Indian police said Wednesday they had recovered more than 6,000 freshwater turtles weighing over four tonnes from poachers who planned to smuggle them to Southeast Asia, in the country’s largest-ever wildlife haul.
The 6,430 flapshell turtles were discovered stuffed into 140 jute bags in the northern state of Uttar Pradesh on Tuesday.
“Wildlife authorities confirmed that this is the largest haul in the country’s wildlife history, both in terms of number and weight — 4.4 tonnes,” Arvind Chaturvedi, head of the state’s Special Task Force that rescued the turtles, told a foreign news agency.
Indian flapshell turtles are not particularly rare but are a protected species under the Wildlife Protection Act.
Chaturvedi said police had arrested the “kingpin” and were likely to make further arrests.
He said the poachers had filled half a truck with the turtles to take them to the eastern city of Kolkata, from where they were to be transported illegally to China, Hong Kong, Myanmar, Thailand, Singapore, Malaysia and Bangladesh.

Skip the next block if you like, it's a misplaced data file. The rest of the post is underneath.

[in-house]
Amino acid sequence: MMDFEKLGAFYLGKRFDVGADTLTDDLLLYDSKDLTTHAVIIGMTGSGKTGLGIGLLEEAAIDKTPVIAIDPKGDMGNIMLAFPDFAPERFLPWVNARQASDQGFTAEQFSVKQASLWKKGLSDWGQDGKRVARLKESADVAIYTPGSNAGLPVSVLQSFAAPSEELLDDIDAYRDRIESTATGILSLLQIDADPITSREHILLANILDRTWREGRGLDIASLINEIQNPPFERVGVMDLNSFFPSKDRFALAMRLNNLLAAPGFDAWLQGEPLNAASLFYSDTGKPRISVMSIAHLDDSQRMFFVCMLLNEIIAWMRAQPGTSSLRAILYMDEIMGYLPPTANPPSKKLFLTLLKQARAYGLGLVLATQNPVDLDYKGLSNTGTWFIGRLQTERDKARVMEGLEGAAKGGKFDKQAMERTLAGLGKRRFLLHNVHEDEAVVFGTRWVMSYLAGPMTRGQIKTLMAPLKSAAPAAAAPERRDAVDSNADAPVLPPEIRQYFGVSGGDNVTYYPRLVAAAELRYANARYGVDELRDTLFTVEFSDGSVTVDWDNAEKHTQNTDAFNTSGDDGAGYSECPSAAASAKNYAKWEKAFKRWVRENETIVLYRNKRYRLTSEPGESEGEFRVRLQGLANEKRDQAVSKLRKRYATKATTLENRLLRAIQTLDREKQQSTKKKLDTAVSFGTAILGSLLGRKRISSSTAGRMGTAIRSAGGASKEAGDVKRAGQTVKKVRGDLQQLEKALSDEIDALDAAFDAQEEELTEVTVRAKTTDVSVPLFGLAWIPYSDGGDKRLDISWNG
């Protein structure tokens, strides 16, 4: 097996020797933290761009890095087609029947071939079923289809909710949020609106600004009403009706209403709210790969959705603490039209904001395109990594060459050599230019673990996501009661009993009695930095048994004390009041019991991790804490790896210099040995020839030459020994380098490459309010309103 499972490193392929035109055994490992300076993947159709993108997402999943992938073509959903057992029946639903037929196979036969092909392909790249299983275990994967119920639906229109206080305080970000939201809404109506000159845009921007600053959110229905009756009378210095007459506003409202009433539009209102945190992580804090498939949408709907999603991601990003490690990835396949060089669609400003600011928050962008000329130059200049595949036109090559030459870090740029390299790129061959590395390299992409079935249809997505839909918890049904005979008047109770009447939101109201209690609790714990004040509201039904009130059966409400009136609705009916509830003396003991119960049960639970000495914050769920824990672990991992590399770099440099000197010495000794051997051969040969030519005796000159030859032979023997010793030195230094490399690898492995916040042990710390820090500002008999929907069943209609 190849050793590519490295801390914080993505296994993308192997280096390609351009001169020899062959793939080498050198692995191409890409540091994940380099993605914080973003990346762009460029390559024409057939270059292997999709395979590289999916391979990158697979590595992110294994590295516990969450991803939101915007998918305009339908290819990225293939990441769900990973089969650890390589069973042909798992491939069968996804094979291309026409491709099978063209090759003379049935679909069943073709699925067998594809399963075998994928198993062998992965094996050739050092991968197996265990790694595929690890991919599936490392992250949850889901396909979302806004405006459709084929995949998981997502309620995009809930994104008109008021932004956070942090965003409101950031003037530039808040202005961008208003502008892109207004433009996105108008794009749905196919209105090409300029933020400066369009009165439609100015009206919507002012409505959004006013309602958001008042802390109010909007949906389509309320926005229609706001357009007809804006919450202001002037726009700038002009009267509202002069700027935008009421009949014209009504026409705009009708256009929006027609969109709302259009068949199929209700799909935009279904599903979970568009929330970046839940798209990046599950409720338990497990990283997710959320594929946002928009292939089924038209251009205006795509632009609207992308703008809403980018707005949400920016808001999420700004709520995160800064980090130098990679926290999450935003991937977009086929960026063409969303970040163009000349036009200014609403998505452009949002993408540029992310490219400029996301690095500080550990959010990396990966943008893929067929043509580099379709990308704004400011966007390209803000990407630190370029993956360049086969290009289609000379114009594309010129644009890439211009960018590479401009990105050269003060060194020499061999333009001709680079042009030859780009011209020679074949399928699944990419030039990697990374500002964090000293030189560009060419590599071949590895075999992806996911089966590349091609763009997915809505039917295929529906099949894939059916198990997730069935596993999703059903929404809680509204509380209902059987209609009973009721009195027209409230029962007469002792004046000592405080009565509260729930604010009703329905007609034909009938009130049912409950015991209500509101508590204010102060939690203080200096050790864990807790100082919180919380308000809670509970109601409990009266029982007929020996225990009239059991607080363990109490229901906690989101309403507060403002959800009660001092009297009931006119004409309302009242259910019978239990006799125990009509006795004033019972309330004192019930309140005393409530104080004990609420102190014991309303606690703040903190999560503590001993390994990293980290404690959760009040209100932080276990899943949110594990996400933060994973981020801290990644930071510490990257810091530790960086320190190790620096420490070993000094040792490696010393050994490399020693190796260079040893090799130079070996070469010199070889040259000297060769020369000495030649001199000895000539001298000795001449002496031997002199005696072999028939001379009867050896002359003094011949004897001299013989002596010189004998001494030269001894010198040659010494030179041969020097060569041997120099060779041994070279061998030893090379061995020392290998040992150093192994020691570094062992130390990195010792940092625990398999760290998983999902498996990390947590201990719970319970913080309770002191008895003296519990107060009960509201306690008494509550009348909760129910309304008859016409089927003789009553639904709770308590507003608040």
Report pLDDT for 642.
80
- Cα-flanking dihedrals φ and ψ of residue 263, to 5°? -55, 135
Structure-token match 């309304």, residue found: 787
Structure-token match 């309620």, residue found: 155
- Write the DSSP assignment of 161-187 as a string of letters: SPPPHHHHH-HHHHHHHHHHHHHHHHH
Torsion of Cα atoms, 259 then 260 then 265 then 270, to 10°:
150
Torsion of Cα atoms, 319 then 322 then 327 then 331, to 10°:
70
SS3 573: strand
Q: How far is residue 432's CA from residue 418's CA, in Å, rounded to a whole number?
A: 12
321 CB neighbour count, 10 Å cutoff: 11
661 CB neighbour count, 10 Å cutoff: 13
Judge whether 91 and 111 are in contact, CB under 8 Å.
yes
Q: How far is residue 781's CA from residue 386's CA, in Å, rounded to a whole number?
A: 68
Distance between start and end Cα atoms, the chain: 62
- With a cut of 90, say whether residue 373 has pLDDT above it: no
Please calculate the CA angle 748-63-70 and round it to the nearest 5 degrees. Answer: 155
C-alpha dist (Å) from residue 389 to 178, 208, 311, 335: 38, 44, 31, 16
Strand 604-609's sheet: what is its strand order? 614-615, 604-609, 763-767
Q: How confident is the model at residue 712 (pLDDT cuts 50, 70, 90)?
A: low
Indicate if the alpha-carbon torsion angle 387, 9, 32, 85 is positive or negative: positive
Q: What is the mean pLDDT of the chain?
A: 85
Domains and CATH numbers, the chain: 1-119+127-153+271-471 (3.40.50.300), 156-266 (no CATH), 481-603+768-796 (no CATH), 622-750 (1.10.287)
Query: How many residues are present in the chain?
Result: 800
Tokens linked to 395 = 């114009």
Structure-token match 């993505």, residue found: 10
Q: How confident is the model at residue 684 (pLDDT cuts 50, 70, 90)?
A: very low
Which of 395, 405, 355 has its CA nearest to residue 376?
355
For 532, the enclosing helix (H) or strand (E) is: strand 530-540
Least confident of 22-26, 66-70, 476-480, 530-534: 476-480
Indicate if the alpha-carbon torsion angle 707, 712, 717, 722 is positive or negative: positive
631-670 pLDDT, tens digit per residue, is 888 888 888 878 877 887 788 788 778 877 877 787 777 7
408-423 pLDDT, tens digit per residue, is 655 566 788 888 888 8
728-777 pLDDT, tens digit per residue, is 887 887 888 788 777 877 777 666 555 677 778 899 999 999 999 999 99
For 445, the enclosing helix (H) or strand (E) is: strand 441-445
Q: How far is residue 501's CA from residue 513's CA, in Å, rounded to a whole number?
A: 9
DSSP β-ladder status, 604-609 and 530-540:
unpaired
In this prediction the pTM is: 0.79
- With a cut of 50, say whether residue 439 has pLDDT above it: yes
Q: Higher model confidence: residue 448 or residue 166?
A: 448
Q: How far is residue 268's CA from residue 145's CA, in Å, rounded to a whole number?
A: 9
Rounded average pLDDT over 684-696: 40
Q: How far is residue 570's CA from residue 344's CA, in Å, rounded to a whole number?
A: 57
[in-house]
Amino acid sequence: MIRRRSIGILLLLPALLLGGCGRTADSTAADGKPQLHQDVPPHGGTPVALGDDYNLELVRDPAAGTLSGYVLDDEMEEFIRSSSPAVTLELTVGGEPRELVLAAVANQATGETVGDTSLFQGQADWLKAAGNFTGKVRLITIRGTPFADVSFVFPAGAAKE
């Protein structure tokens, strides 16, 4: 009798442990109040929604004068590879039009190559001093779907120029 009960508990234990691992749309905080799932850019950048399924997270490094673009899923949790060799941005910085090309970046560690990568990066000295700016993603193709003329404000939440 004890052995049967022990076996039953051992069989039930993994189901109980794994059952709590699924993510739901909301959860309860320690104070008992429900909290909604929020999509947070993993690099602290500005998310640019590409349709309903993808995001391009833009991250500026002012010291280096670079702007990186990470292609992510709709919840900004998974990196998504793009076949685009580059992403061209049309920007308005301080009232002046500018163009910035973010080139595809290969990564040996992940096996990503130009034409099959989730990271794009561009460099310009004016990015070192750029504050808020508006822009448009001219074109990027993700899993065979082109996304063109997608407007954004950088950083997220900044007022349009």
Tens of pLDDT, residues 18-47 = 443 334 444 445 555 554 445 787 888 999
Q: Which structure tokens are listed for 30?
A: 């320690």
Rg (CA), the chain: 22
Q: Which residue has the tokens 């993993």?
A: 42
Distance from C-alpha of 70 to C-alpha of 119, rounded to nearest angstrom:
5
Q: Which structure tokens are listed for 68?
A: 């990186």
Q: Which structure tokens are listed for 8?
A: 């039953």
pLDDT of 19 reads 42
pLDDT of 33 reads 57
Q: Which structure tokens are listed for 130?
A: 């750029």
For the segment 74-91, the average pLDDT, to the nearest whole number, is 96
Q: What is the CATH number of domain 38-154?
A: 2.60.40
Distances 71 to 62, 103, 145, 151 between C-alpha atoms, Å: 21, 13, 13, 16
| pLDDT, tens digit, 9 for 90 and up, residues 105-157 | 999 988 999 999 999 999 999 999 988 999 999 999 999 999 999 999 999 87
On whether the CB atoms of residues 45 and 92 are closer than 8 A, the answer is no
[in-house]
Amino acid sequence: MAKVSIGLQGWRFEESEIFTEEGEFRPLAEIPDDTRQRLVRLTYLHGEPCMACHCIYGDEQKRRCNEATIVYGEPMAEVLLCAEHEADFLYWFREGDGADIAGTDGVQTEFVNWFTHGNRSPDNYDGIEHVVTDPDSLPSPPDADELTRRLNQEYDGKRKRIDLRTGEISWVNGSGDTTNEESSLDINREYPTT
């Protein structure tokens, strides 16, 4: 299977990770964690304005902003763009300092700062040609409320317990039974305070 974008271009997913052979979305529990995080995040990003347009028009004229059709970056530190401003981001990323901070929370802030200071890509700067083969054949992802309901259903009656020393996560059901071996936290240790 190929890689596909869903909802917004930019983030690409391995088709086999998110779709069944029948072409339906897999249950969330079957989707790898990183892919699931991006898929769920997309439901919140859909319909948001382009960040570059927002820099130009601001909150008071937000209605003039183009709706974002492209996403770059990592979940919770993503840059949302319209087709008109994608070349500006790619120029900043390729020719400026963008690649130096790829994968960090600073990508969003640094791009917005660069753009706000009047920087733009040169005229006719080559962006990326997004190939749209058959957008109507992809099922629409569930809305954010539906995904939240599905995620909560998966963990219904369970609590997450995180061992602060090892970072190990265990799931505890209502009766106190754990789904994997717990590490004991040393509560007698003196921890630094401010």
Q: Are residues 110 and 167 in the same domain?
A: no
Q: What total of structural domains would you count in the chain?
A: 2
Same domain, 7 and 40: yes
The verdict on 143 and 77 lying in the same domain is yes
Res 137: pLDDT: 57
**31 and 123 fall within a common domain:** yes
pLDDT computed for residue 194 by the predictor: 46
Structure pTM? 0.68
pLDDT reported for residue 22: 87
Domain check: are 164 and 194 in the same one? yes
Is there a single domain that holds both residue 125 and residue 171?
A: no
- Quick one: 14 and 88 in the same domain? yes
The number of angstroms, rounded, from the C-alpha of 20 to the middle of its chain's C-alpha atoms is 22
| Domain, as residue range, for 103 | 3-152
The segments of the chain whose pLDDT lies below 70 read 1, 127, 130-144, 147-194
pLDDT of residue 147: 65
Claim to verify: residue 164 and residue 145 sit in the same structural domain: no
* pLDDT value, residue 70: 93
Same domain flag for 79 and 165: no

Their meat is considered an aphrodisiac while the bones are powdered for use in traditional medicine and soups.
Rachna Tiwari of the US-based Turtle Survival Alliance (TSA) said smugglers can earn up to 1,000 rupees ($15) per flapshell turtle, while a bigger softshell — whose meat is considered a delicacy — is sold for up to 8,000 rupees.
“Enforcement against poaching has improved, but the scale at which these protected turtles are being poached, who knows, they may also soon become endangered,” Tiwari told a foreign news agency.
The turtles are currently at a makeshift sanctuary in the TSA’s local centre.
Uttar Pradesh is home to 14 of India’s 28 endangered turtle species and at least 20,000 are reportedly smuggled out of the state every year.